Taking a walk on the wild side.

December 13, 2018

Submitted by: Donna Lind

Lake Street in downtown Miller was aglow with the twinkling lights of the season and lined with cars as fans and music lovers alike descended upon the community for the Lou Reed Retrospective last Saturday evening.

Inside, the Marshall J. Gardner Center for the Arts was festive in Andy Warhol-style silver helium-filled balloons. A slide show of iconic Lou Reed photos, courtesy of Miller-native Patrick Rose, played in a continuous loop on one wall. The 1962 black and white movie, “Walk On The Wild Side,” based on the Nelson Algren book of the same name played in a continuous loop on the opposite wall. Seats soon filled up and more chairs were brought out to accommodate a packed house to hear Rolling Stone Magazine contributing editor, Anthony DeCurtis speak about his biography, “Lou Reed, A Life.”

Co-founder of the Nelson Algren Museum, Sue Rutsen, opened the evening with a short history of the museum. Algren’s connection to the singer/songwriter is the only number one hit single Reed enjoyed, his 1972 song “Walk On The Wild Side” which was titled as a nod to Algren’s book of the same name. After an impressive list of accomplishments and accolades, Rutsen introduced DeCurtis and turned the evening over to him.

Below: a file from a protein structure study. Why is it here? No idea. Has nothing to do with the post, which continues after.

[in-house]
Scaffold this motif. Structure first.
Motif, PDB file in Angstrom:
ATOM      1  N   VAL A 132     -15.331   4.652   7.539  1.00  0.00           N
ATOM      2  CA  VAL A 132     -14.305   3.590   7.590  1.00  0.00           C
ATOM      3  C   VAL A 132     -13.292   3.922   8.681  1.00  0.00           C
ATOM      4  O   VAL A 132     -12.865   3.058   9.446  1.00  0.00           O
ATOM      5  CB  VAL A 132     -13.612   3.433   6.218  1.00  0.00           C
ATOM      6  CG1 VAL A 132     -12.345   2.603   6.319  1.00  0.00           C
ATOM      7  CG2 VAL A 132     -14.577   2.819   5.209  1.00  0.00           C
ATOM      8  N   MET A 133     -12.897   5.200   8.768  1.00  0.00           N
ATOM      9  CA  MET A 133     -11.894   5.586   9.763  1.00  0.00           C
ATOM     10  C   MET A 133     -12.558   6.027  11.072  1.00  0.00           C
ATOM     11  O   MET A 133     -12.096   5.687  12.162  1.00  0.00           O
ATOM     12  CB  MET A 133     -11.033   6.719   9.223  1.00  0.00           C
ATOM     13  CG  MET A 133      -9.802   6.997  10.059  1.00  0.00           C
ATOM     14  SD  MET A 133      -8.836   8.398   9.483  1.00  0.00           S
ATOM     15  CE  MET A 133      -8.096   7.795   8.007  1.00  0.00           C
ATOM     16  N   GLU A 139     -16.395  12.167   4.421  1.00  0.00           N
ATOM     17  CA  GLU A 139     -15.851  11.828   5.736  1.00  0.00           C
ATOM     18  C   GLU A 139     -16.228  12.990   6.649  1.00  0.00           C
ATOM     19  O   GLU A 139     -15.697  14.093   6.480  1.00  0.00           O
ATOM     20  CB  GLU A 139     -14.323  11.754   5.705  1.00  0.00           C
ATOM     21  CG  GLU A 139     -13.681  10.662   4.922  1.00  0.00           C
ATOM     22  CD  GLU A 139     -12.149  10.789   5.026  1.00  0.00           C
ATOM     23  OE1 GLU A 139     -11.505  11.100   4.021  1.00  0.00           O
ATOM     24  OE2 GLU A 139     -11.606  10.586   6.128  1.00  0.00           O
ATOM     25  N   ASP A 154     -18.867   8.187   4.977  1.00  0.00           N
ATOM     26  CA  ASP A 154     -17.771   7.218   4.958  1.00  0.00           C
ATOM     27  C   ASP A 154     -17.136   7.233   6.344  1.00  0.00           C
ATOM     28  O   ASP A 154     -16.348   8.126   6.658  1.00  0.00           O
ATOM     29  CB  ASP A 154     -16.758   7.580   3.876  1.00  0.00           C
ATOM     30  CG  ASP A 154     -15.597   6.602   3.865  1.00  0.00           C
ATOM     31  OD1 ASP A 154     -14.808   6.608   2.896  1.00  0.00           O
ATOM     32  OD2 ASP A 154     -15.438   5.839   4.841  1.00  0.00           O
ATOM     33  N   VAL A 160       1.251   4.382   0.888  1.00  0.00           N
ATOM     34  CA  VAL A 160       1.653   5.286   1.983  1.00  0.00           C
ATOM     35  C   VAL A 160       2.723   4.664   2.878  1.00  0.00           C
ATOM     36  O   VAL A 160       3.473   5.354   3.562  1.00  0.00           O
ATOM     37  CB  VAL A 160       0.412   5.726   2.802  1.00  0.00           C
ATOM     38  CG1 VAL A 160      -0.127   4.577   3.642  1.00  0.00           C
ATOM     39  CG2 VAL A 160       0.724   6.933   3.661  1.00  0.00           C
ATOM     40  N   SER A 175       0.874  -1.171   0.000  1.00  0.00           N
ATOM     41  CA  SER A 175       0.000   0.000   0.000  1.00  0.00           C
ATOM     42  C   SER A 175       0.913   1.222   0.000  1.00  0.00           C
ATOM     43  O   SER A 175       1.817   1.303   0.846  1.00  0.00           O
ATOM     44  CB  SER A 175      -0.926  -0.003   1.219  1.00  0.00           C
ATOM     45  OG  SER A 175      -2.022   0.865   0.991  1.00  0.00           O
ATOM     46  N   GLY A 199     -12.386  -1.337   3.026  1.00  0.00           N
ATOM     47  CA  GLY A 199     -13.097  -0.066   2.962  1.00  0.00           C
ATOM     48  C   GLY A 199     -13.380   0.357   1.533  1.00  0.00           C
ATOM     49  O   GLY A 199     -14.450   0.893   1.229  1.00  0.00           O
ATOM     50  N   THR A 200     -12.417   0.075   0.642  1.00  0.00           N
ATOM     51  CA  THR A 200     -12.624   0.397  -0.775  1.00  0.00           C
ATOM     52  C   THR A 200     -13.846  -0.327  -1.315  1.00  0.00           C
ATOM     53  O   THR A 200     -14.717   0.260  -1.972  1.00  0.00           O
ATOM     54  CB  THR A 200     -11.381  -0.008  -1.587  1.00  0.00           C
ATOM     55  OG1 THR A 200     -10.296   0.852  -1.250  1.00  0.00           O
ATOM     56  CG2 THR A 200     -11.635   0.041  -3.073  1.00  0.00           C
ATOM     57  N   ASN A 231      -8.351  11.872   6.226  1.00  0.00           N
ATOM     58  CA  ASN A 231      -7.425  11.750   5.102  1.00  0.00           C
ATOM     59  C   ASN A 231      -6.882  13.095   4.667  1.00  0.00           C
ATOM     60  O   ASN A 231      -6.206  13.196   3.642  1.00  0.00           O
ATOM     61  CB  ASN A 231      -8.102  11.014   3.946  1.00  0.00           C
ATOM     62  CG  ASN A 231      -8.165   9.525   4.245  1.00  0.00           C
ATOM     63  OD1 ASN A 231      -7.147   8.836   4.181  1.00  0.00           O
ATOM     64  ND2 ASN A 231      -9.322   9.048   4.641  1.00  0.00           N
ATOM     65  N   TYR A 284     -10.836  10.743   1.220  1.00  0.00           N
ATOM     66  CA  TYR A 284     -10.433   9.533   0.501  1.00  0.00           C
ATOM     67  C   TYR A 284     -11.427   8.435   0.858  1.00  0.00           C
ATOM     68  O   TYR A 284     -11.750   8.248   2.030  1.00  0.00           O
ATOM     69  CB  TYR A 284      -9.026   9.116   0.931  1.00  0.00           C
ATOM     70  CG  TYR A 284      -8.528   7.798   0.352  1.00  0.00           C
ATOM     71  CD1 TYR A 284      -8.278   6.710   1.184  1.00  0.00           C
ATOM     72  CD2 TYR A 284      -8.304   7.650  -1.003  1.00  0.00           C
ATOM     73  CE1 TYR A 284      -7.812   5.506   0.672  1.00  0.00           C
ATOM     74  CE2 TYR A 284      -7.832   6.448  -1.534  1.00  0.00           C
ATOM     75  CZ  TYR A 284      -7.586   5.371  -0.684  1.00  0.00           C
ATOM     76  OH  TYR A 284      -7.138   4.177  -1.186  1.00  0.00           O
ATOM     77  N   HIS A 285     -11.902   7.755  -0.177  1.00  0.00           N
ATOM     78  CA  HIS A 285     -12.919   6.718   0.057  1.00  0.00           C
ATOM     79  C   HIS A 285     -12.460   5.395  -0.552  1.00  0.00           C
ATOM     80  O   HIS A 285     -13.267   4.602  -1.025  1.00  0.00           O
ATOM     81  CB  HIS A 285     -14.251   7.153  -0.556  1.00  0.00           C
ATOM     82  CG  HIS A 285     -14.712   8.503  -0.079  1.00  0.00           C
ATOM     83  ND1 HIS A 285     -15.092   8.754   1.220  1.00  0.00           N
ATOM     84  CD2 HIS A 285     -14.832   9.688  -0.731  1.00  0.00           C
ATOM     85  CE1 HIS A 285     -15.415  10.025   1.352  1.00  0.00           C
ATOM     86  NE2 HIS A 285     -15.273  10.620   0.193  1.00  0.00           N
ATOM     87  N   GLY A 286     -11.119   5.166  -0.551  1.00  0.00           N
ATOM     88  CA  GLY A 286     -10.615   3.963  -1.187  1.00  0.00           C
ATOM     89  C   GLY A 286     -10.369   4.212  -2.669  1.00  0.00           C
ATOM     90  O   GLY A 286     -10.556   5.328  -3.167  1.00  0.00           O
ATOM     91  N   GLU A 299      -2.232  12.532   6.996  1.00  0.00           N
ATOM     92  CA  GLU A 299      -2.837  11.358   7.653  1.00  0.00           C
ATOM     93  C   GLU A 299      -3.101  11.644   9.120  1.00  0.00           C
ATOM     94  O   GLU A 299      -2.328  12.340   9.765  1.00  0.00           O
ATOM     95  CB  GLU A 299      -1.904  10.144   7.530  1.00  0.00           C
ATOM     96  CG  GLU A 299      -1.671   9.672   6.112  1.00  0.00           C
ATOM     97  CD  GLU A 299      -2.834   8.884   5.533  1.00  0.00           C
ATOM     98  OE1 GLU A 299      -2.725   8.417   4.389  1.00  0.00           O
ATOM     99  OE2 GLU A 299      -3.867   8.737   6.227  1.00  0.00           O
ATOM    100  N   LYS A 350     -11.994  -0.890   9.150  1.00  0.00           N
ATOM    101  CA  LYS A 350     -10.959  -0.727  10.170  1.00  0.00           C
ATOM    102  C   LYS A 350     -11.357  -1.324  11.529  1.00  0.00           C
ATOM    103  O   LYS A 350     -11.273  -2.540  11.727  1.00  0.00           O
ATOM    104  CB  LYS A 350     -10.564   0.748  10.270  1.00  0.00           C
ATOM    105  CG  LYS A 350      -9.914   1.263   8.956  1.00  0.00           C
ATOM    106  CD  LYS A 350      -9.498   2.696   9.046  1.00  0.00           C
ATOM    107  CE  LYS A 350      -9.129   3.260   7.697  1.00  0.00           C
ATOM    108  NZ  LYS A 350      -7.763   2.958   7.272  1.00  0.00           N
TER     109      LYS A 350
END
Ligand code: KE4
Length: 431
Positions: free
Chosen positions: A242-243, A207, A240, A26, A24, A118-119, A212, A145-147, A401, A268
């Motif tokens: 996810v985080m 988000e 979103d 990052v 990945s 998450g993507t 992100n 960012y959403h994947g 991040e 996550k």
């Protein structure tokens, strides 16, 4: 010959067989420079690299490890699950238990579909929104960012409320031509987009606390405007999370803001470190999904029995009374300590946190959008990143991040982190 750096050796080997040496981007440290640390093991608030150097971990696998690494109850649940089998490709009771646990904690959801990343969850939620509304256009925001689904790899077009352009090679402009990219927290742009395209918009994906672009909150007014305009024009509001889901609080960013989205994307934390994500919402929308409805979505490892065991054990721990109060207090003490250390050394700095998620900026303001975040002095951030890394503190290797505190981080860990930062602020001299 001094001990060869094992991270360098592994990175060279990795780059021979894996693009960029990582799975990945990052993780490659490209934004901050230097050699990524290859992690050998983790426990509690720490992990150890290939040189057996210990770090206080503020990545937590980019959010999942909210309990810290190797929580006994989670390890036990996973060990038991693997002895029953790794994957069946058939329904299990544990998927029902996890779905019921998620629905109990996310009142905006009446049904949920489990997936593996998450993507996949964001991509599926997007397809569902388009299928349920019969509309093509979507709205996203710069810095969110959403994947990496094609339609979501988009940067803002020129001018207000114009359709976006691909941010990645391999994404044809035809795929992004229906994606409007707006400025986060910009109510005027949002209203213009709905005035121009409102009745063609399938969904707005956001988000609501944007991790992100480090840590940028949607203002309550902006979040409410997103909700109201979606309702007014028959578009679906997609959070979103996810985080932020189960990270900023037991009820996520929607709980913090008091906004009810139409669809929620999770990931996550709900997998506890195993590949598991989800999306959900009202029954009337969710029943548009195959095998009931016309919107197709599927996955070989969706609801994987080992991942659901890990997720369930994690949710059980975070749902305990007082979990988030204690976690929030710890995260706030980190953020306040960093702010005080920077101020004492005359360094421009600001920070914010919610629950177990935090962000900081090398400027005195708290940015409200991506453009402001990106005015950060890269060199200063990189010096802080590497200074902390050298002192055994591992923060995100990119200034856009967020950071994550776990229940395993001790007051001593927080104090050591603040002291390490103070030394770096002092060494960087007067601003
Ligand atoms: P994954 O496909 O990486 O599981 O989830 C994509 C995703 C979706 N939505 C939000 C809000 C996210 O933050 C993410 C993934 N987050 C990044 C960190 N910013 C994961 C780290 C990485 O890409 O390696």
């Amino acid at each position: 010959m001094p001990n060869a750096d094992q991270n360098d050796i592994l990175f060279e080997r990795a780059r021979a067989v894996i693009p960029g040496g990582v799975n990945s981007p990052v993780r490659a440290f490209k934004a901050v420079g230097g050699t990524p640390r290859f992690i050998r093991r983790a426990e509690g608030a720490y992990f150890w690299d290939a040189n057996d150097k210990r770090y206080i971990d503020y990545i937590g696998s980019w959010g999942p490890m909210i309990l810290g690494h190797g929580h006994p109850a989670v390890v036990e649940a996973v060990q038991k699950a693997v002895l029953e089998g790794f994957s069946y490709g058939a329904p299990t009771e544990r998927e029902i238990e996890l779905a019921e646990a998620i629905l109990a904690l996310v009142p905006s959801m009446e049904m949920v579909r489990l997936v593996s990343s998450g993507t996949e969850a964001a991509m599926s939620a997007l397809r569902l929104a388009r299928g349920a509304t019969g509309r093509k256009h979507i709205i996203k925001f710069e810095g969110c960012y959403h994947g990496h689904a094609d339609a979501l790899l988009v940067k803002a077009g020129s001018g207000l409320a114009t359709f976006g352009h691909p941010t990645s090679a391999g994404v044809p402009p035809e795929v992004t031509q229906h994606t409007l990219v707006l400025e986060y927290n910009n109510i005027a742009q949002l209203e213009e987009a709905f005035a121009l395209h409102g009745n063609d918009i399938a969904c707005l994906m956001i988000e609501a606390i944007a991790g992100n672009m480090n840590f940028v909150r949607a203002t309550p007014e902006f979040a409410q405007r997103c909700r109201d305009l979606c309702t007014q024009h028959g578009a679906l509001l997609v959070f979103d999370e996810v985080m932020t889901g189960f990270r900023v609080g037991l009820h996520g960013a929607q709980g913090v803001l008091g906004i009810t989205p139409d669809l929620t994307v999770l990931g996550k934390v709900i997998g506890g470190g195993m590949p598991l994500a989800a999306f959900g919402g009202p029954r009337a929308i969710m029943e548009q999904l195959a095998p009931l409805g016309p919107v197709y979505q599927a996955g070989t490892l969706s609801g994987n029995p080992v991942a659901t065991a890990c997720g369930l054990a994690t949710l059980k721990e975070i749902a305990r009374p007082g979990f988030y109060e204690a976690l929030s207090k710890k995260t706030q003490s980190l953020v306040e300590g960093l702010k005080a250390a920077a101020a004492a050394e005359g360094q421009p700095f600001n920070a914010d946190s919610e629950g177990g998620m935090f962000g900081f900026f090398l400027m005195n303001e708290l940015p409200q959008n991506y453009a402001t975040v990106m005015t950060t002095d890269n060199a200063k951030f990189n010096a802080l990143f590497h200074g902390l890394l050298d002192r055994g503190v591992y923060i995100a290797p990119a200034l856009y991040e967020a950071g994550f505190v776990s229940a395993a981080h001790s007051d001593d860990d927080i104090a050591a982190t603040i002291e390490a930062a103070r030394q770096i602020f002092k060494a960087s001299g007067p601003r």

DeCurtis began by reading two excerpts from the book, stopping every now and then to underscore the biography with anecdotes and recollections from his relationship with Reed. One of the excerpts centered around Lou Reed’s connection with Indiana, John Mellencamp and Farm Aide. The other excerpt spoke about the origins of Reed’s iconic song “Walk On The Wild Side.” After the readings, DeCurtis opened the floor to questions and filled another 30 minutes with fascinating stories and insight into Reed’s persona.  It was evident that DeCurtis and Reed shared a relationship that went beyond professional courtesies.  

DeCurtis took a short break to sign copies of his book which was on sale along with the Nelson Algren biography, “Algren” by Mary Wisniewski. Then DeCurtis joined a live band on stage and impressively performed several Lou Reed and Velvet Underground favorites to the crowd starting with “Sunday Morning” and including “Walk On The Wild Side” about three-quarters into the set. He finished the set with “Sweet Jane,” “Sister Ray” and “White Light White Heat.”

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